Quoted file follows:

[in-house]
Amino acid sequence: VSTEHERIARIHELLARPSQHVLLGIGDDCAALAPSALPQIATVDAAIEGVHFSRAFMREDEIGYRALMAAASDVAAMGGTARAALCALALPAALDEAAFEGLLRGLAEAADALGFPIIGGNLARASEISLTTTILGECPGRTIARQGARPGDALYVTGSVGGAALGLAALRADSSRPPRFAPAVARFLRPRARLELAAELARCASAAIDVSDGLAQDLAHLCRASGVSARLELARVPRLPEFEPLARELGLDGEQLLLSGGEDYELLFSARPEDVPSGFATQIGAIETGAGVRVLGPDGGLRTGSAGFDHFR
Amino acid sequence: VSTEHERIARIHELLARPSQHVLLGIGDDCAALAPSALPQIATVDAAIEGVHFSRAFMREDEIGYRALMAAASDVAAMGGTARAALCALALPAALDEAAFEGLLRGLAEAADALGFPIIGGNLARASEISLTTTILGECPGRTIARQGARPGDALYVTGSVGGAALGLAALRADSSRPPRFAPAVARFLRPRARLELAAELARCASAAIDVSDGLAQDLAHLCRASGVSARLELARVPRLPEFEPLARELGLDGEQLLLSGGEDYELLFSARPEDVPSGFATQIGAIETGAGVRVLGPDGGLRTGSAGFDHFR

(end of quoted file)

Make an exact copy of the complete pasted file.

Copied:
[in-house]
Amino acid sequence: VSTEHERIARIHELLARPSQHVLLGIGDDCAALAPSALPQIATVDAAIEGVHFSRAFMREDEIGYRALMAAASDVAAMGGTARAALCALALPAALDEAAFEGLLRGLAEAADALGFPIIGGNLARASEISLTTTILGECPGRTIARQGARPGDALYVTGSVGGAALGLAALRADSSRPPRFAPAVARFLRPRARLELAAELARCASAAIDVSDGLAQDLAHLCRASGVSARLELARVPRLPEFEPLARELGLDGEQLLLSGGEDYELLFSARPEDVPSGFATQIGAIETGAGVRVLGPDGGLRTGSAGFDHFR
Amino acid sequence: VSTEHERIARIHELLARPSQHVLLGIGDDCAALAPSALPQIATVDAAIEGVHFSRAFMREDEIGYRALMAAASDVAAMGGTARAALCALALPAALDEAAFEGLLRGLAEAADALGFPIIGGNLARASEISLTTTILGECPGRTIARQGARPGDALYVTGSVGGAALGLAALRADSSRPPRFAPAVARFLRPRARLELAAELARCASAAIDVSDGLAQDLAHLCRASGVSARLELARVPRLPEFEPLARELGLDGEQLLLSGGEDYELLFSARPEDVPSGFATQIGAIETGAGVRVLGPDGGLRTGSAGFDHFR